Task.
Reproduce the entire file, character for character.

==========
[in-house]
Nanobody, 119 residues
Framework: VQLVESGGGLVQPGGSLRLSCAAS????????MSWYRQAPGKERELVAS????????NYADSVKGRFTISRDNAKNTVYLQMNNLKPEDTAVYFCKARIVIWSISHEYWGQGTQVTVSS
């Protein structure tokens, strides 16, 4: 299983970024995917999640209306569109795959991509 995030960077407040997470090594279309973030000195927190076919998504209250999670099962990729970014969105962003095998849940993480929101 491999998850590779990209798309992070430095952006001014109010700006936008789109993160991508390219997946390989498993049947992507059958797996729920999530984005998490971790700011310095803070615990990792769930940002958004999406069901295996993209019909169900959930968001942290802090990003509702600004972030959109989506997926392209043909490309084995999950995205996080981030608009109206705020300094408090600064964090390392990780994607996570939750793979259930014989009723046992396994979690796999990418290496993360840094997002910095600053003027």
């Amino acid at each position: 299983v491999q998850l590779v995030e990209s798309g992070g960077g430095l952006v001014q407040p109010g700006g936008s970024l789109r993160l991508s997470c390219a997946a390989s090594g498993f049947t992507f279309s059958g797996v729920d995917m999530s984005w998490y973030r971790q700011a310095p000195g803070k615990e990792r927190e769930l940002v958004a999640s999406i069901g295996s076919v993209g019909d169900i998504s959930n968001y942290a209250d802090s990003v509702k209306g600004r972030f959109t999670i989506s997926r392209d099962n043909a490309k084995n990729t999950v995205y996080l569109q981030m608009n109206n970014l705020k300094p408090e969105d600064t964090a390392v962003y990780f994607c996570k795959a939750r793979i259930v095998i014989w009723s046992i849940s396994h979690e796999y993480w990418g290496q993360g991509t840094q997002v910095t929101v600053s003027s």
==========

[in-house]
Nanobody, 119 residues
Framework: VQLVESGGGLVQPGGSLRLSCAAS????????MSWYRQAPGKERELVAS????????NYADSVKGRFTISRDNAKNTVYLQMNNLKPEDTAVYFCKARIVIWSISHEYWGQGTQVTVSS
């Protein structure tokens, strides 16, 4: 299983970024995917999640209306569109795959991509 995030960077407040997470090594279309973030000195927190076919998504209250999670099962990729970014969105962003095998849940993480929101 491999998850590779990209798309992070430095952006001014109010700006936008789109993160991508390219997946390989498993049947992507059958797996729920999530984005998490971790700011310095803070615990990792769930940002958004999406069901295996993209019909169900959930968001942290802090990003509702600004972030959109989506997926392209043909490309084995999950995205996080981030608009109206705020300094408090600064964090390392990780994607996570939750793979259930014989009723046992396994979690796999990418290496993360840094997002910095600053003027």
């Amino acid at each position: 299983v491999q998850l590779v995030e990209s798309g992070g960077g430095l952006v001014q407040p109010g700006g936008s970024l789109r993160l991508s997470c390219a997946a390989s090594g498993f049947t992507f279309s059958g797996v729920d995917m999530s984005w998490y973030r971790q700011a310095p000195g803070k615990e990792r927190e769930l940002v958004a999640s999406i069901g295996s076919v993209g019909d169900i998504s959930n968001y942290a209250d802090s990003v509702k209306g600004r972030f959109t999670i989506s997926r392209d099962n043909a490309k084995n990729t999950v995205y996080l569109q981030m608009n109206n970014l705020k300094p408090e969105d600064t964090a390392v962003y990780f994607c996570k795959a939750r793979i259930v095998i014989w009723s046992i849940s396994h979690e796999y993480w990418g290496q993360g991509t840094q997002v910095t929101v600053s003027s």